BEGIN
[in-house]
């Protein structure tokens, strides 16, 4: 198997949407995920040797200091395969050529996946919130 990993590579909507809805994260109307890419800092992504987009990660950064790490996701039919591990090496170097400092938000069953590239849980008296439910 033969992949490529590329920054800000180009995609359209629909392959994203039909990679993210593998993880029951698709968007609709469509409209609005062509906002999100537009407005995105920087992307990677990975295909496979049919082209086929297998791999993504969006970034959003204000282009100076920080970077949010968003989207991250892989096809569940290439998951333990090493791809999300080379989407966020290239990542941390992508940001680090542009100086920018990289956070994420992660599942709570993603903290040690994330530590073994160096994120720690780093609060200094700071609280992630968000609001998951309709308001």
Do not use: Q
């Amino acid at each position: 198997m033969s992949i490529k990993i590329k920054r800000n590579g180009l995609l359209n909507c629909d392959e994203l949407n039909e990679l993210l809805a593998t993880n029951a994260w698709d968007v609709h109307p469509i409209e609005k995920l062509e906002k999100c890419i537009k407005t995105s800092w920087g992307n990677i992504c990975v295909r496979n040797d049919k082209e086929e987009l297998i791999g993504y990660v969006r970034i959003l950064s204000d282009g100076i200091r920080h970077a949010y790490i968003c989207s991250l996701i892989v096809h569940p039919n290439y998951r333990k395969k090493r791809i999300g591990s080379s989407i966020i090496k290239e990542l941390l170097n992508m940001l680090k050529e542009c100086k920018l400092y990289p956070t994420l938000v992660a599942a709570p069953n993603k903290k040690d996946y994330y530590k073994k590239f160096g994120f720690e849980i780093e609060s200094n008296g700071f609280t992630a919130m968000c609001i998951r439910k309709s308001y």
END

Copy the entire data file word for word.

[in-house]
């Protein structure tokens, strides 16, 4: 198997949407995920040797200091395969050529996946919130 990993590579909507809805994260109307890419800092992504987009990660950064790490996701039919591990090496170097400092938000069953590239849980008296439910 033969992949490529590329920054800000180009995609359209629909392959994203039909990679993210593998993880029951698709968007609709469509409209609005062509906002999100537009407005995105920087992307990677990975295909496979049919082209086929297998791999993504969006970034959003204000282009100076920080970077949010968003989207991250892989096809569940290439998951333990090493791809999300080379989407966020290239990542941390992508940001680090542009100086920018990289956070994420992660599942709570993603903290040690994330530590073994160096994120720690780093609060200094700071609280992630968000609001998951309709308001």
Do not use: Q
């Amino acid at each position: 198997m033969s992949i490529k990993i590329k920054r800000n590579g180009l995609l359209n909507c629909d392959e994203l949407n039909e990679l993210l809805a593998t993880n029951a994260w698709d968007v609709h109307p469509i409209e609005k995920l062509e906002k999100c890419i537009k407005t995105s800092w920087g992307n990677i992504c990975v295909r496979n040797d049919k082209e086929e987009l297998i791999g993504y990660v969006r970034i959003l950064s204000d282009g100076i200091r920080h970077a949010y790490i968003c989207s991250l996701i892989v096809h569940p039919n290439y998951r333990k395969k090493r791809i999300g591990s080379s989407i966020i090496k290239e990542l941390l170097n992508m940001l680090k050529e542009c100086k920018l400092y990289p956070t994420l938000v992660a599942a709570p069953n993603k903290k040690d996946y994330y530590k073994k590239f160096g994120f720690e849980i780093e609060s200094n008296g700071f609280t992630a919130m968000c609001i998951r439910k309709s308001y």